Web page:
The Pianist (2002)

The Pianist

Winner of Palme d’Or at 2002 Cannes Film Festival & three Academy Awards including Best Director, crafted with meticulous care & attention to detail, told with immaculate sensitivity and presenting an objective take on the disturbing subject of Holocaust despite being helmed by a Holocaust survivor himself, The Pianist is the most aesthetic, artistic & personal film esteemed filmmaker Roman Polanski has made in his directional career plus it also happens to feature one of modern cinema’s most astounding performances.

Based on the autobiography of the same name and set in Warsaw, Poland during the Second World War, The Pianist tells the story of Władysław Szpilman; a Polish-Jewish musician who after witnessing the deportation of his entire family to Nazi extermination camps tries to elude capture by hiding in the ruins of his city. The plot details his miraculous survival throughout the remaining years of the last great war which never would have come to fruition if it wasn’t for the kindness of many compassionate people & enormous amount of good luck.

Directed by Roman Polanski, The Pianist does bring back the horrors of the Holocaust in unflinching detail and never really shies away from depicting the brutality that millions of people underwent during Nazi occupation but it isn’t a tale about any war hero who started an uprising against his oppressors or any compassionate human being who put his life on the line to save others. It’s the story of an ordinary man who did what anyone under the same situation would choose to do: Survive, no matter what it takes. And through Szpilman, it aims to represent the plight of many others.

Polanski also infuses elements of his own life into the story but doesn’t get carried away or let it distract his envisioned version of the narrative at hand, and therein lies the true beauty of this cinema. Bringing more reinforcement into the story is the brilliantly adapted screenplay by Ronald Harwood which keeps the focus on our protagonist at all times and patiently develops the arc of his character which pays off amazingly well when audience shows no hesitation in investing their emotions into that character. And the excellence in the technical departments only end up enhancing the whole experience.

Production Design team does an outstanding job in duplicating the war-torn setting of 1940s Warsaw and every single set piece is wonderfully detailed. Cinematography makes impeccable use of its camera to capture every frame splendidly plus the cold colour tones only end up encapsulating the whole film with a bleak mood. Despite being nearly 150 minutes long, the story never feels dull or tiresome, thanks to the precisely carried out trimming in the Editing room. And from start to finish, the classical tracks incorporated into the picture fuse seamlessly with the sequences, with the best one saved for the last.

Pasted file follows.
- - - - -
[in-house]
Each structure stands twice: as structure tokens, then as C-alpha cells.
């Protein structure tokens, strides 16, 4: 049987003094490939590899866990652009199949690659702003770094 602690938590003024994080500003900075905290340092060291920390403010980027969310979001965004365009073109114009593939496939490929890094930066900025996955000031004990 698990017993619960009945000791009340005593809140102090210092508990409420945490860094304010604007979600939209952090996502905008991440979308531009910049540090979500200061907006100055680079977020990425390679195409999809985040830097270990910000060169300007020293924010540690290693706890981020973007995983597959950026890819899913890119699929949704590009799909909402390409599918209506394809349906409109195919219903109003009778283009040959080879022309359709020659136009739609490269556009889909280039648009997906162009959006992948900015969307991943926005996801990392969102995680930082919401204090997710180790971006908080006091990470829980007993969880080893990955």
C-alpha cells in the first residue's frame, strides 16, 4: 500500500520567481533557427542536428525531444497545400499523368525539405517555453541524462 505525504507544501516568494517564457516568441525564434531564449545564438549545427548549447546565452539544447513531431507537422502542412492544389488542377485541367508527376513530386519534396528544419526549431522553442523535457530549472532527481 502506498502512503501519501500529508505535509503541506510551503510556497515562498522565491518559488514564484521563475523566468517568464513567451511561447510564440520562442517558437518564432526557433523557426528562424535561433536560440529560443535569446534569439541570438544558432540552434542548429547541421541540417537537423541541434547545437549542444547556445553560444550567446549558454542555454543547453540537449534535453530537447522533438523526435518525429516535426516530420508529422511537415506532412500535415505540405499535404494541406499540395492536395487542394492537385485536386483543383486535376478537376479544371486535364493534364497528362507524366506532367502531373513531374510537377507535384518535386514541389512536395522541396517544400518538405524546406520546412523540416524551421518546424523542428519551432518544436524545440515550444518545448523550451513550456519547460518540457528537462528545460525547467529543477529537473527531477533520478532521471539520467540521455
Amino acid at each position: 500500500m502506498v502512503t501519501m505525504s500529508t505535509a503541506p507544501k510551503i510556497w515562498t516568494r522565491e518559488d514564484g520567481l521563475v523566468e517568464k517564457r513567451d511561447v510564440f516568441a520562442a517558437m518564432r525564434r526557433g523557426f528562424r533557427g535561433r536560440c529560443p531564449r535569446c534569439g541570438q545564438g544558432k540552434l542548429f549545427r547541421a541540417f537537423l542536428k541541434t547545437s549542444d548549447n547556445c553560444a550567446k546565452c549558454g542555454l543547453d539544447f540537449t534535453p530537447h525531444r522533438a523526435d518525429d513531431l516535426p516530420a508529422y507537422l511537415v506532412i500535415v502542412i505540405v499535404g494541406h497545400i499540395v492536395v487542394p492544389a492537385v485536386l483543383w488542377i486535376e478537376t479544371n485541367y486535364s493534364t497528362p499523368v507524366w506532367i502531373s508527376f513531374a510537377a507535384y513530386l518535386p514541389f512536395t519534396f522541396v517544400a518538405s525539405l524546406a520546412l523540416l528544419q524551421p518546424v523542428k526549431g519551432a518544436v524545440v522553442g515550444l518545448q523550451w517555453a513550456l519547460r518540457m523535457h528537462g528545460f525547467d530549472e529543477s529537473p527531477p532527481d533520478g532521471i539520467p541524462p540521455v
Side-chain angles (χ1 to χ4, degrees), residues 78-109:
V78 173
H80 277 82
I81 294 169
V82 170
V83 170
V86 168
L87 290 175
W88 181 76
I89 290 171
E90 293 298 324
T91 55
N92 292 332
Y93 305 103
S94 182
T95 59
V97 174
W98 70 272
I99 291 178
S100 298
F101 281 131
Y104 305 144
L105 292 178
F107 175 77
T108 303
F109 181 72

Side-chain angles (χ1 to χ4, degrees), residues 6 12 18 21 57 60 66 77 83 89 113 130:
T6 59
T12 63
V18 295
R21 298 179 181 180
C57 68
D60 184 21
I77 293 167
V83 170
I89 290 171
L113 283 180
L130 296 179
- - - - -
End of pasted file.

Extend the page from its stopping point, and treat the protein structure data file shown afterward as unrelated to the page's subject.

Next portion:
But that’s not all. For what catapults this already accomplished cinema to an even higher level of greatness is the extraordinary performance by Adrien Brody in the given role of Władysław Szpilman. Clearly demonstrating not just the painful feeling of hopelessness, loneliness & sorrow but also the desperation, survival instinct & everlasting passion for music while living under constant fear, what Brody delivers here is truly one of the most memorable performances to surface on the silver screen that remains the proudest work of his acting career, so far. And amongst the supporting cast, it’s Thomas Kretschmann who manages to make his mark despite his short screen time.

On an overall scale, The Pianist is an extremely distressing, emotionally devastating & powerfully moving cinema that marks the career-high moment for both Roman Polanski & Adrien Brody and is absolutely deserving of all the accolades it has garnered over the years. It definitely isn’t going to be an easy sit for many but you’ll be a better person for having done so because some films, no matter how disturbing, deserve to be viewed and Polanski’s magnum opus is definitely one of those cinematic treasures. One of the finest historical dramas in existence, The Pianist is Polanski’s greatest masterpiece that comes essentially recommended to every film lover out there. Don’t miss it.

The Pianist Screenshot